Loyalist protesters converge on Belfast City Hall on Saturday afternoon to protest at the removal of the Union flag earlier this week
Loyalists converge on Belfast City Hall on Saturday afternoon to protest at the removal of the Union flag earlier this week
Loyalists converge on Belfast City Hall on Saturday afternoon to protest at the removal of the Union flag earlier this week
Shoppers watch protesters converge on Belfast City Hall on Saturday afternoon to protest at the removal of the Union flag earlier this week
Protesters converge on Belfast City Hall on Saturday afternoon to protest at the removal of the Union flag earlier this week
Shoppers leave Belfast City Hall's Christmas Market as loyalists arrive at the building to protest the removal of the Union flag
Loyalists converge on Belfast City Hall on Saturday afternoon to protest at the removal of the Union flag earlier this week
Oprotesters converge on Belfast City Hall on Saturday afternoon after the removal of the Union flag earlier this week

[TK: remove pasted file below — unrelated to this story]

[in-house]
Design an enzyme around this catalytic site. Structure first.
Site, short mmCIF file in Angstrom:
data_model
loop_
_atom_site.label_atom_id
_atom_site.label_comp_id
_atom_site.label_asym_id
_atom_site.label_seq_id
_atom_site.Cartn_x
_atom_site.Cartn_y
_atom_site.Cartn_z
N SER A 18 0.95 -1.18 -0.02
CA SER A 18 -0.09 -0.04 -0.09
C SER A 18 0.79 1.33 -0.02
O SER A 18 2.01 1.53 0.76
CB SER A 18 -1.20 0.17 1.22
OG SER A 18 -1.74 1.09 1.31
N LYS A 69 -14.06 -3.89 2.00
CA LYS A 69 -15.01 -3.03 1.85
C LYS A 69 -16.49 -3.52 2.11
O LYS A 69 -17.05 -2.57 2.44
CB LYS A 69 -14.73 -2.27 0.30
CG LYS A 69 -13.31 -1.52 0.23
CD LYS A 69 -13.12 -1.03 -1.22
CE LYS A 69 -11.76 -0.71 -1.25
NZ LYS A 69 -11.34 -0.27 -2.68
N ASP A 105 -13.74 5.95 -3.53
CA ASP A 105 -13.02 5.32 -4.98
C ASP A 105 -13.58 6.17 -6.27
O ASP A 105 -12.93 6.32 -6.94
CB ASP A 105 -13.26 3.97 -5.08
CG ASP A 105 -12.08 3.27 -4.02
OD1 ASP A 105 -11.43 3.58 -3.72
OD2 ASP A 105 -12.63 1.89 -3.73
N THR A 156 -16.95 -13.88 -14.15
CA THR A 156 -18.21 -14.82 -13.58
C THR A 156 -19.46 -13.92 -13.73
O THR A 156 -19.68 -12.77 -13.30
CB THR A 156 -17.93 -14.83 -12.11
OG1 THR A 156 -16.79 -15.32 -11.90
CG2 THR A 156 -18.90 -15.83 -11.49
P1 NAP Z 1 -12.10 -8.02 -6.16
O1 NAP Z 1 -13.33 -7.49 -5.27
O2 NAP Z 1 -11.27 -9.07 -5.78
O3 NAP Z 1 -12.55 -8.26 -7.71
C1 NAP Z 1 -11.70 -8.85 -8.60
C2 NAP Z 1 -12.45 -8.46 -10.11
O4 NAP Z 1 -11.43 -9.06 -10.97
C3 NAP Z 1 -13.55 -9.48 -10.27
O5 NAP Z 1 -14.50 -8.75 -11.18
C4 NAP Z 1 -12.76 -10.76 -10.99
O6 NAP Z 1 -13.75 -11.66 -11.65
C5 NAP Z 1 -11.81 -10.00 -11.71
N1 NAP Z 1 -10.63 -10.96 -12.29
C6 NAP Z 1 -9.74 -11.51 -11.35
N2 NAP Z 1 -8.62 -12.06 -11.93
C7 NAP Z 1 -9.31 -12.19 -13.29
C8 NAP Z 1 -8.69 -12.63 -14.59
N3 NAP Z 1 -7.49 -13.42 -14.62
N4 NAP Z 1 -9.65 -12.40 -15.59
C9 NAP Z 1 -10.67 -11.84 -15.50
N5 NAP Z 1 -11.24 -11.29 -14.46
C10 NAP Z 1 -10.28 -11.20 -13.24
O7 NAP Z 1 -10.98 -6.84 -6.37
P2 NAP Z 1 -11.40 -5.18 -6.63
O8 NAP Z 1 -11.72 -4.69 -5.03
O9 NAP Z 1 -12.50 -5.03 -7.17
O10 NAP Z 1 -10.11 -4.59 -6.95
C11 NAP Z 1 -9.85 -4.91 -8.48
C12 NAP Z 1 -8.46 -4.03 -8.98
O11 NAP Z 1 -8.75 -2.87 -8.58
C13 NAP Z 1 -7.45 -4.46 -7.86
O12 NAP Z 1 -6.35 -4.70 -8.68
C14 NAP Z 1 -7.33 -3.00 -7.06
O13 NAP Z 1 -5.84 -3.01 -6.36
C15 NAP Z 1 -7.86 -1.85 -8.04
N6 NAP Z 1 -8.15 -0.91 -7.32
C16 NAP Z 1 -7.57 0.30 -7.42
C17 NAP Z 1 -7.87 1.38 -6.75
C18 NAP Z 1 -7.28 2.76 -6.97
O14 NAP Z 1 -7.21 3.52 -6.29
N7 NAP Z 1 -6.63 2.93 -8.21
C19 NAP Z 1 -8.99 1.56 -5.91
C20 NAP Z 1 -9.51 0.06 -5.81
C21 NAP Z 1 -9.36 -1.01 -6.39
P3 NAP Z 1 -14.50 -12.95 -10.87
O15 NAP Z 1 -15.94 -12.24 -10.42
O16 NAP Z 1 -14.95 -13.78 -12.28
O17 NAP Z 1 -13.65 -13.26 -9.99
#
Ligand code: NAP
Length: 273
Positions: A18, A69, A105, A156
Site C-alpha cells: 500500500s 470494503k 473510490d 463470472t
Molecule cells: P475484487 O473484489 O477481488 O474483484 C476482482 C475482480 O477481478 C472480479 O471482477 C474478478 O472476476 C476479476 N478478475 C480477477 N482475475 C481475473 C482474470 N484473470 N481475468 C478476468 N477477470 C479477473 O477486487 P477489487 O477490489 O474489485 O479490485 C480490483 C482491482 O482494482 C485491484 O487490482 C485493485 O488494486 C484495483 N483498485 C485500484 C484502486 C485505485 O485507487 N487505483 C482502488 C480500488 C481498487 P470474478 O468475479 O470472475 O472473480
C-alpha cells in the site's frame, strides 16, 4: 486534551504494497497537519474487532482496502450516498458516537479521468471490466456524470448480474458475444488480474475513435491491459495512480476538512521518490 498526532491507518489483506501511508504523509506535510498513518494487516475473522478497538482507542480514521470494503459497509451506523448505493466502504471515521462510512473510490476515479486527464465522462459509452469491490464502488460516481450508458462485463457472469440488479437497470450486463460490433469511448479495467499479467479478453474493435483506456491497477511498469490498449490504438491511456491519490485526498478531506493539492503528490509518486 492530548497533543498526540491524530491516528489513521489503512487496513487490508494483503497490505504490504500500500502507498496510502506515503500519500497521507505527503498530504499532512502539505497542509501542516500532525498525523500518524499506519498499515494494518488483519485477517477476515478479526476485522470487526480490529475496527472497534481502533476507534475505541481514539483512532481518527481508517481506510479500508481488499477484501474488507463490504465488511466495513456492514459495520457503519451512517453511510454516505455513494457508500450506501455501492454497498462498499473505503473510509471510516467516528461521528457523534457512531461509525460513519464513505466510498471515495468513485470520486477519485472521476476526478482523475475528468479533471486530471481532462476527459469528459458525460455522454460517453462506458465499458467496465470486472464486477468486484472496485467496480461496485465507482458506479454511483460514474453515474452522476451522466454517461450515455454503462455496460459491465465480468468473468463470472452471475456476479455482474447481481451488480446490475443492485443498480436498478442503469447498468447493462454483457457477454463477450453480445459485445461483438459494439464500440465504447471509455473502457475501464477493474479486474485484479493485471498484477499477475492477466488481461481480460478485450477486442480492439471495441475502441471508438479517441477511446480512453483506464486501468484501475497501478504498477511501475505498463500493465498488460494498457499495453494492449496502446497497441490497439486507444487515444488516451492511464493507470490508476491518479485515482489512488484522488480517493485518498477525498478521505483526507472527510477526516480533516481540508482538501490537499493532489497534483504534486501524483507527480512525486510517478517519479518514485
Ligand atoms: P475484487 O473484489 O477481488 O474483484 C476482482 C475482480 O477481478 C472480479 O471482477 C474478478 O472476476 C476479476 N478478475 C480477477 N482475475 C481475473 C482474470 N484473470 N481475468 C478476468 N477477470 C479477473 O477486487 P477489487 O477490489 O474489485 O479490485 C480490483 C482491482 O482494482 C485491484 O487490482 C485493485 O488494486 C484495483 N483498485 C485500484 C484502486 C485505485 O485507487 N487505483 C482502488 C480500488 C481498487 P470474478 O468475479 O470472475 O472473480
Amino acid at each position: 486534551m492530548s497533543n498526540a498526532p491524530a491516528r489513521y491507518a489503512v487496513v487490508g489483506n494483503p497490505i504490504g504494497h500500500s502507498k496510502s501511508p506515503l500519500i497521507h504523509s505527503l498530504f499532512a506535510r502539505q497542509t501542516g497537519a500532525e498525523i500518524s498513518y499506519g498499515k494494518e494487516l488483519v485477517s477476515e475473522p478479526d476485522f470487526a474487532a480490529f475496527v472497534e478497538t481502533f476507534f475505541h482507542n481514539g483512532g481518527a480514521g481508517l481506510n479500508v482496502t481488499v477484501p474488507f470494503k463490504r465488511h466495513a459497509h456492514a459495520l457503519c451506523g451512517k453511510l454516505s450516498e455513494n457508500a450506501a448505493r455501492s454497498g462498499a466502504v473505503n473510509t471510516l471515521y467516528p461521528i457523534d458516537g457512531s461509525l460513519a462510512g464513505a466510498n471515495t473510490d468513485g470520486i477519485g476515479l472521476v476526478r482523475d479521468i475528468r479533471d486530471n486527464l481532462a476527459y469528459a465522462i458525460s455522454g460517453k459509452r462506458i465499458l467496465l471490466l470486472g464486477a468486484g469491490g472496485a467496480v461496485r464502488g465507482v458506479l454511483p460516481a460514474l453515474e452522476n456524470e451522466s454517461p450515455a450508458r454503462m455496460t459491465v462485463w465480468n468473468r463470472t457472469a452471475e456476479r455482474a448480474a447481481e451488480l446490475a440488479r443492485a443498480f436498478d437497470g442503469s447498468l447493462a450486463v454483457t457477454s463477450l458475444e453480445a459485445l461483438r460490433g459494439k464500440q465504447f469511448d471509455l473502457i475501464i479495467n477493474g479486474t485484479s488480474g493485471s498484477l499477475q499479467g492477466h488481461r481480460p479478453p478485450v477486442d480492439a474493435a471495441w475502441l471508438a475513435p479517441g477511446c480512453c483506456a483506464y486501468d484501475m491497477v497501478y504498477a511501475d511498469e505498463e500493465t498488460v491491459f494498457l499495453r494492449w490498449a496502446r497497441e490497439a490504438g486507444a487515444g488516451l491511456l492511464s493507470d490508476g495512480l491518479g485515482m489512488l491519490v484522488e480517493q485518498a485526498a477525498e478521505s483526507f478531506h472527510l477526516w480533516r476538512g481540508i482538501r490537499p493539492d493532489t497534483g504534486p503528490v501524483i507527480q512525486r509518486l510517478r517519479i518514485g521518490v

Loyalists converge on Belfast City Hall on Saturday afternoon to protest at the removal of the Union flag earlier this week
Protesters converge on Belfast City Hall on Saturday afternoon after the removal of the Union flag earlier this week
Belfast City Hall's Christmas Market is shut as protesters arrive at the building
Loyalists converge on Belfast City Hall on Saturday afternoon to protest at the removal of the Union flag earlier this week
Loyalists converge on Belfast City Hall on Saturday afternoon to protest at the removal of the Union flag earlier this week
Protesters converge on Belfast City Hall on Saturday afternoon following the removal of the Union flag earlier this week
Protesters converge on Belfast City Hall on Saturday afternoon following the removal of the Union flag earlier this week
PACEMAKER BELFAST 08/12/12 Loyalist protesters converge on Belfast City Hall on Saturday afternoon to protest at the removal of the Union Jack flag earlier this week.Photo Kirth Ferris/Pacemaker